3. John, I personally think the difficulty with language education is that there are so many patterns that they’re overwhelming to most people. So people end up learning the patterns from simple repetition rather than explicit education. Certainly I often have the intuition that “something just sounds wrong” even though I can’t justify it. In Spanish I find that effect is most powerful with gender: I just know the gender of words, but find it very difficult to articulate why many words have the gender they have.

    Kyle, I think there’s not enough work on the historical linguistics of programming languages. I’ve always wondered why people don’t test the methods being used to infer the history of languages on programming languages, where we actually know the ground truth.

  4. (spanish is my native tongue)

    John, don’t worry about gender of words, at the end they are arbitrary. Why “cazadora” (jacket) is feminine and “abrigo” (coat) is masculine? There are even some (rare) words that can have different meanings depending wether they are feminine or masculine, like “cometa”. In masculine form (el cometa) it means “the comet”, in feminine form (la cometa) it means “the kite”.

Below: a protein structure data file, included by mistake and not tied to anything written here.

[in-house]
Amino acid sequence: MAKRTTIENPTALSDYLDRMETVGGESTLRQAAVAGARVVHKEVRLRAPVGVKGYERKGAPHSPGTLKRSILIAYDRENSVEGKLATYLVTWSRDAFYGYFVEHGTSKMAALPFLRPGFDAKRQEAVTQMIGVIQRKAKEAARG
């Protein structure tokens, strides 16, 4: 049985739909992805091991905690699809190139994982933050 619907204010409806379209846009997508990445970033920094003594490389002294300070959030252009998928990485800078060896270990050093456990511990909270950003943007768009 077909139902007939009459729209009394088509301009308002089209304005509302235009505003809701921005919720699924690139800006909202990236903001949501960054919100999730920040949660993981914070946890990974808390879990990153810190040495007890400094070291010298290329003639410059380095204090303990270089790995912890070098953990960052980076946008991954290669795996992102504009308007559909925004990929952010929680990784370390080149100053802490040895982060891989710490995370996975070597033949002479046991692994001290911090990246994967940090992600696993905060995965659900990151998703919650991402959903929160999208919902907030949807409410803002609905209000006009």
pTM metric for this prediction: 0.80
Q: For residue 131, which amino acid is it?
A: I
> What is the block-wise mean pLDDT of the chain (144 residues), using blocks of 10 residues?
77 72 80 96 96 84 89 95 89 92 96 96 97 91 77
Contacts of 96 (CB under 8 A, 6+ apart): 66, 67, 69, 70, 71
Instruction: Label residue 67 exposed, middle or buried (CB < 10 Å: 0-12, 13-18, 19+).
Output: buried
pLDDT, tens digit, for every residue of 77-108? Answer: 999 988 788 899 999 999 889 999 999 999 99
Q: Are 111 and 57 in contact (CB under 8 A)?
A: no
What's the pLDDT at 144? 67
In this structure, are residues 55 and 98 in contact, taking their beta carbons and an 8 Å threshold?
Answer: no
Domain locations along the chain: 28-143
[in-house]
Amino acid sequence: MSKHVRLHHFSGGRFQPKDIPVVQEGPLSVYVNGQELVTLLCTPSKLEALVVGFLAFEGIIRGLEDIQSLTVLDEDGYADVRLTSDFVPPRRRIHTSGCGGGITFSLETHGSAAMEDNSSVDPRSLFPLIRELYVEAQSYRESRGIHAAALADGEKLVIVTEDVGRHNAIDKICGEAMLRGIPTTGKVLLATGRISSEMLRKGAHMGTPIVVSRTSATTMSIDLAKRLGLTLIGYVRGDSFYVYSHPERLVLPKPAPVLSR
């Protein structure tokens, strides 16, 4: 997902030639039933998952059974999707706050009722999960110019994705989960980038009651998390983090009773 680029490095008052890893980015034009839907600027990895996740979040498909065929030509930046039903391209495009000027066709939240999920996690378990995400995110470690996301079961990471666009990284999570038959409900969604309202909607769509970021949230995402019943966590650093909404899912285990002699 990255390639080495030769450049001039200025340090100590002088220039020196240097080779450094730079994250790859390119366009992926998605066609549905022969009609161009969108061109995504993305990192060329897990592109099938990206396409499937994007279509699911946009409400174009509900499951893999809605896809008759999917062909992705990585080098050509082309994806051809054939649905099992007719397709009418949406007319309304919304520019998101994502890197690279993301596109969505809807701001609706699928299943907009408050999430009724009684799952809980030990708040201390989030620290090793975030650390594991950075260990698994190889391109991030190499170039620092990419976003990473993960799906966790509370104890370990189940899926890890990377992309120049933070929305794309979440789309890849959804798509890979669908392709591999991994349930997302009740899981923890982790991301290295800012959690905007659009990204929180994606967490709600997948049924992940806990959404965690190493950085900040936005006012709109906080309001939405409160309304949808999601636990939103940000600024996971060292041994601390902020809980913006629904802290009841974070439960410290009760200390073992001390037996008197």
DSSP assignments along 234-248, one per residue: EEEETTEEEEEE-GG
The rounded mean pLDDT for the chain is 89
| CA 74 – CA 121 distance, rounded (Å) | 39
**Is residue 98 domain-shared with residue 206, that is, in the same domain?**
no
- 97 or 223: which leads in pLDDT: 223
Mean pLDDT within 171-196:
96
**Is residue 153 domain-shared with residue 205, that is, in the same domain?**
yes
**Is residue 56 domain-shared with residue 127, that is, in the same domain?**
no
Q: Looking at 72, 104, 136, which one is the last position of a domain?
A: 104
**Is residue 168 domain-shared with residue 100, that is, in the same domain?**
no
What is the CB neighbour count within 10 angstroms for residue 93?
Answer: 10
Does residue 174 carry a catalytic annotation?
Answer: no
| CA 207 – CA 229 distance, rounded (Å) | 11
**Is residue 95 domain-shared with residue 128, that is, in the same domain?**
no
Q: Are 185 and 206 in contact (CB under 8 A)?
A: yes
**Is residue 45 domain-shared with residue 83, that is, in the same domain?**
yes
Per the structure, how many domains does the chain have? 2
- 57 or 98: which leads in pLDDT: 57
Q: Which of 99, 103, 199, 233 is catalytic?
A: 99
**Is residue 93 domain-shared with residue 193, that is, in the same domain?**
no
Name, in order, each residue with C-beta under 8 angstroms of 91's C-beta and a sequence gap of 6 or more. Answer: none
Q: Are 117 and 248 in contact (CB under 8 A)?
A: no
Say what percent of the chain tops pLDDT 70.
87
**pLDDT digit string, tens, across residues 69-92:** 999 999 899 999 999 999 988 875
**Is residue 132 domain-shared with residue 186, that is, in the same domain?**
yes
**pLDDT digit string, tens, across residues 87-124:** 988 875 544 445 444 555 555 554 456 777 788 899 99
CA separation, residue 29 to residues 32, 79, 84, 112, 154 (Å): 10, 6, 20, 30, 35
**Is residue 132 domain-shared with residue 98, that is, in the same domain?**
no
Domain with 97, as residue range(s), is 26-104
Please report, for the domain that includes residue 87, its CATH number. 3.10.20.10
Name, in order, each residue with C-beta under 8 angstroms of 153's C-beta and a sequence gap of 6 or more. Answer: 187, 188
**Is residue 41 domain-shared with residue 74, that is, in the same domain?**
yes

In different languages, the gender of the same things change, in Spanish fork (tenedor) is masculine and spoon (cuchara) is feminine, but in German is the other way around.

    Those are small details that I think are not that important to have a decent level of understanding. You may sound a little weird, but you can be understood. The precision will get later, when all those word are internalized and are part of your intuition.

  5. I’m still trying to find a language worthy of respect. Things that remove my respect:

    Not having evolved your alphabet beyond first level abstraction (According to my history textbook this is why Chinese has so many characters. They didn’t increase the abstraction level before it became too widespread to change). This makes it harder to typeset.

    Gendered words: Requires brute memorization, encourages sexism. (Odd facts: The German word for Women is neuter, the French word for Vagina is male).

    Between these two I’m having a hard time finding languages other then English I like, even though English is ugly as sin. I’ve heard good things about Sanskrit.